Theoretical Inquiries in Law
Editor-in-Chief: Klement, Alon
CiteScore 2018: 0.61
SCImago Journal Rank (SJR) 2018: 0.347
Source Normalized Impact per Paper (SNIP) 2018: 0.809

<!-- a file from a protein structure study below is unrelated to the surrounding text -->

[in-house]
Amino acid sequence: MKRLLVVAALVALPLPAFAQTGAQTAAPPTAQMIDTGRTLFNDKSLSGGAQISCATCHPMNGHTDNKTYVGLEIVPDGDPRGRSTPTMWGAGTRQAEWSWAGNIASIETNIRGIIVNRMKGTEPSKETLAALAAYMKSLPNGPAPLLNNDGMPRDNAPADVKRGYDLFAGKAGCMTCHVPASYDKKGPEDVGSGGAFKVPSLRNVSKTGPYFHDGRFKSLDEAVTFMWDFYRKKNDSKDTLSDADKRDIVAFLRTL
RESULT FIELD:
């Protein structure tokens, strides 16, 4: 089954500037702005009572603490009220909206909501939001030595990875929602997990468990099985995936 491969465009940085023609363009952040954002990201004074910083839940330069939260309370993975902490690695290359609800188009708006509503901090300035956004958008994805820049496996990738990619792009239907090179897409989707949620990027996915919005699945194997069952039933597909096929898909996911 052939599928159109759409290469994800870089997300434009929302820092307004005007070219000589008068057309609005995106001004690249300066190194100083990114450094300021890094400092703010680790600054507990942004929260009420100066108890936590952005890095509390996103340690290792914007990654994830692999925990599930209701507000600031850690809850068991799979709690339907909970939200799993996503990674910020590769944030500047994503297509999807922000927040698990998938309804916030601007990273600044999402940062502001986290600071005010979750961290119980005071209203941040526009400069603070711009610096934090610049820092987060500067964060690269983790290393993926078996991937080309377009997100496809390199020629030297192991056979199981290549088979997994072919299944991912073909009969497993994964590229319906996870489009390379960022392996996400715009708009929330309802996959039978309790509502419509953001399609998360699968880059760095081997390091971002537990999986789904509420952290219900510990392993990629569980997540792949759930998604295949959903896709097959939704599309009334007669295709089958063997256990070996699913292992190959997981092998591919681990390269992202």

On March 11, 2011, a magnitude 9.0 earthquake and thirty-eightmeter high tsunami destroyed Tokyo Electric’s Fukushima nuclear power complex. The disaster was not a high-damage, low-probability event. It was a high-damage, high-probability event. Massive earthquakes and tsunamis assault the coast every century. Tokyo Electric built its reactors as it did because it would not pay the full cost of a meltdown anyway. Given the limited liability at the heart of corporate law, it could externalize the cost of running reactors. In most industries, firms rarely risk tort damages so enormous they cannot pay them. In nuclear power, “unpayable” potential liability is routine. Privately owned companies bear the costs of an accident only up to the fire-sale value of their net assets. Beyond that, they pay nothing — and the damages from a nuclear disaster easily soar past that point. Government ownership could eliminate this moral hazard — but it would replace it with problems of its own. Unfortunately, the electoral dynamics in wealthy modern democracies combine to replicate nearly perfectly the moral hazard inherent in private ownership. Private firms will build reactors on fault lines — but so will governments.
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